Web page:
Woodworker's Journal 2004-Winter, страница 76



T x W x L

15 Tray Front and Back (2)


x 23/b" x 14"

16 Tray Sides (2)


x 23/e" x 9V

17 Tray Handle (1)


x 2" x 131/2"

18 Tray Bottom (1)


x 93/e" x 131/2"

19 Drawer Fronts and Backs (2)


x 13/4" x 101/2"

20 Drawer Sides (2)


x 13/4" x 101/4"

21 Drawer Bottoms (2)


x 93/4" x 10"

22 Drawer Knobs (2)


Dia. Brass ^


(Side View)

form the centered tongues on their long edges with a 1/4" dado blade (see Drawer Runner Detail, page 77). Attach an auxiliary fence to your saw's fence and move this assembly toward the blade until the two just make contact, then lock the fence. Raise the blade 7/8" to remove the waste below the tongues first, then, when these have been cut, flip the piece over to remove the waste above the tongues. Glue two runners back-to-back for the middle track and use the other two pieces for the outside tracks.

Making the Top

The top is actually made with five pieces — two 1/2" thick oak plywood panels (pieces 6), the padauk handles (pieces 7) and an oak accent strip (piece 8). Cut the plywood panels to size and set up your saw to rabbet their edges. Install a 1/4" dado blade in your table saw and clamp a long piece of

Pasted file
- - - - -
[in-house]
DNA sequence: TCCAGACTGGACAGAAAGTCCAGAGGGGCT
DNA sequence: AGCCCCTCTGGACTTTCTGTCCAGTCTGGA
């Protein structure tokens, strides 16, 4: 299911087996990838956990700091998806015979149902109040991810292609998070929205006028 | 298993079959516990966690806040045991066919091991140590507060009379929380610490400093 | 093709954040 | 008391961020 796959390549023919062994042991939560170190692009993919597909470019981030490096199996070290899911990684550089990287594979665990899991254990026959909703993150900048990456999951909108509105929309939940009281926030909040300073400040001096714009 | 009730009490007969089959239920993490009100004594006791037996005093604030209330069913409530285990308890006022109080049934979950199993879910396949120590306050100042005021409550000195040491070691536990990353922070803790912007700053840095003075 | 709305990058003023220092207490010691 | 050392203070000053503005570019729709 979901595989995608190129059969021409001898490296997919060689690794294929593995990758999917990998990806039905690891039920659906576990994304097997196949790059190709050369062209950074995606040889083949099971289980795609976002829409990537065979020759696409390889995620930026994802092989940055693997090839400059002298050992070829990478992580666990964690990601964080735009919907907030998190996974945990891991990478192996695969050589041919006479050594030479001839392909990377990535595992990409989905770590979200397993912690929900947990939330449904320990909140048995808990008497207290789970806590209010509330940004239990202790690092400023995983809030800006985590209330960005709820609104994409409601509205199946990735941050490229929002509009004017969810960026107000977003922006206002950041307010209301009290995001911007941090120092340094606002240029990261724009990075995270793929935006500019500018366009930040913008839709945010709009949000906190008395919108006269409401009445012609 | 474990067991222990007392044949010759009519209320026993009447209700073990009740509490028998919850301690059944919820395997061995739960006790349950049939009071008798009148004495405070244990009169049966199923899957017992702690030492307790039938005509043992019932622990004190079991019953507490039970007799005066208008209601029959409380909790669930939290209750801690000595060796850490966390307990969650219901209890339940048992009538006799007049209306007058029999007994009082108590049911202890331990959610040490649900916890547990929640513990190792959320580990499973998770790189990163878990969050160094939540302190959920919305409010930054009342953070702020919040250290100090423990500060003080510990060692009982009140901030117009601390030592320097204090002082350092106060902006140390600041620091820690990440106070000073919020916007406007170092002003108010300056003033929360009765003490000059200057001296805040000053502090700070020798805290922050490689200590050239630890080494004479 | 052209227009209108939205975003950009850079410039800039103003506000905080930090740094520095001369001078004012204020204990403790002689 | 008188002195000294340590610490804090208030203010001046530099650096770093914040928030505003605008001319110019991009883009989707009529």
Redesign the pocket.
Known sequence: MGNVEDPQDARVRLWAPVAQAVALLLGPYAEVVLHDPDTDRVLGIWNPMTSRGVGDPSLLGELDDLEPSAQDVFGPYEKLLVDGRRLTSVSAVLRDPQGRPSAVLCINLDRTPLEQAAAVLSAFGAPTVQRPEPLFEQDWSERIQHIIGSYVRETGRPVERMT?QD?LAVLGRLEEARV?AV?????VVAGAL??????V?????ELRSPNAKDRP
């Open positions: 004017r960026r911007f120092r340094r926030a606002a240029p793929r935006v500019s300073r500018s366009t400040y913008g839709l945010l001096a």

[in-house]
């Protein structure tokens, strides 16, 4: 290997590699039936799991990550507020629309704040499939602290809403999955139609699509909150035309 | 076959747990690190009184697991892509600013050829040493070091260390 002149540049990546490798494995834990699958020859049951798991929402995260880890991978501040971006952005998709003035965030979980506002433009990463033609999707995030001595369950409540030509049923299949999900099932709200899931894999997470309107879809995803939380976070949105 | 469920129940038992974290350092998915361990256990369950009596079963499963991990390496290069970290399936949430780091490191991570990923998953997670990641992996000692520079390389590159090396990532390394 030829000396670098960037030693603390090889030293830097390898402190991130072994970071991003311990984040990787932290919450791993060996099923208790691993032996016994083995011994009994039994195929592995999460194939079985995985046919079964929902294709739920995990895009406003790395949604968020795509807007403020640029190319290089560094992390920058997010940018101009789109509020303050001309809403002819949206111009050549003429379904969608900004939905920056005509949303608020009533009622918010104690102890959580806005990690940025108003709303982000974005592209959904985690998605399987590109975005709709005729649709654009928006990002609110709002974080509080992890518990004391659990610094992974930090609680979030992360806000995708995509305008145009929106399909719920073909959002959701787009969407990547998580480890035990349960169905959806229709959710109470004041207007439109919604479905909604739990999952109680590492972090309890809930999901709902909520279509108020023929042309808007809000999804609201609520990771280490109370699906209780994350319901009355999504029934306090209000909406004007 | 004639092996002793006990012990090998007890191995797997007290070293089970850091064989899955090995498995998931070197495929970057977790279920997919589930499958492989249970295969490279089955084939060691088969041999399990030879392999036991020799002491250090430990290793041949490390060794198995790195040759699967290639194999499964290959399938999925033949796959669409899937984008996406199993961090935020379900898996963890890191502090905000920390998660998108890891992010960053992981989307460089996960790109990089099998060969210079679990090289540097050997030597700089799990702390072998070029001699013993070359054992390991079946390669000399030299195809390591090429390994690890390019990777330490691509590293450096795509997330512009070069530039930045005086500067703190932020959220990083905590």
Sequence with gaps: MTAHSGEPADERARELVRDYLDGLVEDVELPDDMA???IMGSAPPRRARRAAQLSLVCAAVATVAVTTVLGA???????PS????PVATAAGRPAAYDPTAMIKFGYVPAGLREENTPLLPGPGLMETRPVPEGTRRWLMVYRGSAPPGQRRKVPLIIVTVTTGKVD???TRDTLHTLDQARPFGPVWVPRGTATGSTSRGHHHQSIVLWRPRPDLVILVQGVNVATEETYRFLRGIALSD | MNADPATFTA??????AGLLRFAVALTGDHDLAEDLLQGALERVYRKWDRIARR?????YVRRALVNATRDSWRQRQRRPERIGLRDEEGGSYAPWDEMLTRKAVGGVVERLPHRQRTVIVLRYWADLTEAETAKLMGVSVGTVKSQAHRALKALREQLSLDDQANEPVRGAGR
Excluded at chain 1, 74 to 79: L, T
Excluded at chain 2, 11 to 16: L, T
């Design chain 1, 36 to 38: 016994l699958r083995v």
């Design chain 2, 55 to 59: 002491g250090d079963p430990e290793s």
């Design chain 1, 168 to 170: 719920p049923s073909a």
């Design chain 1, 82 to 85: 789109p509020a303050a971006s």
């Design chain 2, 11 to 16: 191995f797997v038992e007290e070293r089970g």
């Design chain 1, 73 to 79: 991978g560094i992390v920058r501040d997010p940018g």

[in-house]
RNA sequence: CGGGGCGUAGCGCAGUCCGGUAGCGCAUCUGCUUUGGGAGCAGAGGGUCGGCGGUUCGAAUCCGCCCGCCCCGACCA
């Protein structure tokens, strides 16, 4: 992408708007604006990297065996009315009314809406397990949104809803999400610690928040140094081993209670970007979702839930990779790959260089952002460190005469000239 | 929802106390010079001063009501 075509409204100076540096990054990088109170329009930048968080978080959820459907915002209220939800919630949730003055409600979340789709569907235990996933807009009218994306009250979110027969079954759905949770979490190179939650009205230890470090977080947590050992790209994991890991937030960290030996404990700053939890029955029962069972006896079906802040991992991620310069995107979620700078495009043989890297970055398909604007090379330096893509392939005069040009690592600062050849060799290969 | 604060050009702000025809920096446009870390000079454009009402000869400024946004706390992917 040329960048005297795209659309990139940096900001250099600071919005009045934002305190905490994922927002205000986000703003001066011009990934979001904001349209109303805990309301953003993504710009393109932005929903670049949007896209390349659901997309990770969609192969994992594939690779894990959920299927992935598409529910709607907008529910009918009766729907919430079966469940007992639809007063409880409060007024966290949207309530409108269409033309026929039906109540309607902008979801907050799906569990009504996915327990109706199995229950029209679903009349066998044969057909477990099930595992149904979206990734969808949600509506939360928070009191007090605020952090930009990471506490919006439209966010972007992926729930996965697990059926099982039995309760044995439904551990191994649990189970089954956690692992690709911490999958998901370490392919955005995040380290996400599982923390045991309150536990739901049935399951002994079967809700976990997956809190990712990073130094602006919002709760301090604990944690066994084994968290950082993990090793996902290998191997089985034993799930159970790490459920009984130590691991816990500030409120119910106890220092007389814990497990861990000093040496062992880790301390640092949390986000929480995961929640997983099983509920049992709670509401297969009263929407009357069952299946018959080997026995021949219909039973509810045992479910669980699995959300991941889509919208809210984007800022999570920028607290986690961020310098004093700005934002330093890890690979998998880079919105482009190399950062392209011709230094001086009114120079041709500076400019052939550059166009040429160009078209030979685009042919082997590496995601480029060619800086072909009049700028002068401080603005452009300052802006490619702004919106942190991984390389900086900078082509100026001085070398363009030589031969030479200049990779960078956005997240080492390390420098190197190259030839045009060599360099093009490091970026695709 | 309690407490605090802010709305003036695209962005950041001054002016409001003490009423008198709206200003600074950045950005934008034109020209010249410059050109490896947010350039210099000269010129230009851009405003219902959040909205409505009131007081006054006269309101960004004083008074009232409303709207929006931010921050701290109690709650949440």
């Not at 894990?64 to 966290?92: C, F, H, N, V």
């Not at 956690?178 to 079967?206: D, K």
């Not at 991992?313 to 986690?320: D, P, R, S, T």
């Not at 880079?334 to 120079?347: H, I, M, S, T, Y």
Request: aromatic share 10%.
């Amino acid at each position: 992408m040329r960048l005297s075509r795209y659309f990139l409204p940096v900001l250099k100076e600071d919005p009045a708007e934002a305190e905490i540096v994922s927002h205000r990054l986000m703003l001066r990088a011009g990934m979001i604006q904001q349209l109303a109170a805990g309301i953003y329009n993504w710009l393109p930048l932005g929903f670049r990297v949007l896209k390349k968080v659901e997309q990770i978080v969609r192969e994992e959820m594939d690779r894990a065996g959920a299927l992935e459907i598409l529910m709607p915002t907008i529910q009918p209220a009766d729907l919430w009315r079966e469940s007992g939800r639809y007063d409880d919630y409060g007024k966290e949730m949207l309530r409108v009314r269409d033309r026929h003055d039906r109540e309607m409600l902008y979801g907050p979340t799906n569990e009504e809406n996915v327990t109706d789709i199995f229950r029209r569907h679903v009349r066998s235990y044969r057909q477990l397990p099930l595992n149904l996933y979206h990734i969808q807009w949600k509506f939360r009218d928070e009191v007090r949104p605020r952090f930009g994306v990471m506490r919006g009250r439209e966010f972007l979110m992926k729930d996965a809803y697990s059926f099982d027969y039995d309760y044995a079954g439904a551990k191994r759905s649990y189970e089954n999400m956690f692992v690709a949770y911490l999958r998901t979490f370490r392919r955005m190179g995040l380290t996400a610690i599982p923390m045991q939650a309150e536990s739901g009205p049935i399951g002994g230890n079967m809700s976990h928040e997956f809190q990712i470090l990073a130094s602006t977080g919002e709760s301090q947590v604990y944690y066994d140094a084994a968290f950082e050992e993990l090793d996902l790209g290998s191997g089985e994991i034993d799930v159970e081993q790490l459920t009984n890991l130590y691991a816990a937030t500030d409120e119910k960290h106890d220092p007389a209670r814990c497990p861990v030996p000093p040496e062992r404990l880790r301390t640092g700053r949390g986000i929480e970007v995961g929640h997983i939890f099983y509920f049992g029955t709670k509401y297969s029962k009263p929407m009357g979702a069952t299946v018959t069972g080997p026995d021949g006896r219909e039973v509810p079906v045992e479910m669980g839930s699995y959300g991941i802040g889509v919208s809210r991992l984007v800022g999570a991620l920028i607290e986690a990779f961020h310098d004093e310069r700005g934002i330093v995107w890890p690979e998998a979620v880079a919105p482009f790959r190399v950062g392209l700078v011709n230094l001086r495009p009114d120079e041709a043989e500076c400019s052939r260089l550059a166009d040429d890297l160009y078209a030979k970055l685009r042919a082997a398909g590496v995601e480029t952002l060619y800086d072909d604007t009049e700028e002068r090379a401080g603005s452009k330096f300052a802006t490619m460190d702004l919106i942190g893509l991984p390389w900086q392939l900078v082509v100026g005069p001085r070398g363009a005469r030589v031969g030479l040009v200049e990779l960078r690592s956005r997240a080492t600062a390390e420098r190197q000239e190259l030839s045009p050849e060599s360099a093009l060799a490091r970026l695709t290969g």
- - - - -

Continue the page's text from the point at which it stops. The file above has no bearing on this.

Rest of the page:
Winter 2004

scrap to the fence. Raise the blade slightly over 1/4" (so the tongue fits the grooves), and cut the end and edge rabbets.

Begin making the handle by gluing 1/2" thick padauk (pieces 7) to both sides of a 1/8" thick strip of oak (piece 8), then cut the sandwich to an overall size of 432" wide by 24" long (this is intentionally left extra wide to make the next dado cuts safer).

Making the joint on the ends of the handle is really a simple matter of cutting several dadoes on the table saw. First make a simple jig for wrapping the table saw fence (see Figure 1), then install a 7/32" dado blade in the saw and raise it 1/4". Now make a series of cuts to remove the waste (see Handle Detail, page 77), but don't cut into the extra 1/2" of material along the bottom of the handle (this little bit is meant to stabilize the wood during the cuts). Next, raise the

blade to 1/2" and remove the deeper segments of the joint. Make sure the top edge of the handle rides against the fence for all the cuts. Then lower the blade back to 1/4" and plow the grooves in the sides of the handle to fit the tongues on the panels.

Rip the extra 1/2" off the bottom edge of the handle, then trace the full-size pattern on the Pinup Shop Drawings, starting on page 39, onto the stock. Using a band saw, cut the outside shape of the handle, then use a jigsaw to remove the grip waste. Sand the edges smooth and rout the top edge and the grip with a 1/2" roundover bit.

Time for Assembly

By now you should have tested the fit of all the parts, especially those in the top. If you're satisfied, get the project ready for final assembly. I prefer using white glue for complicated assemblies like this


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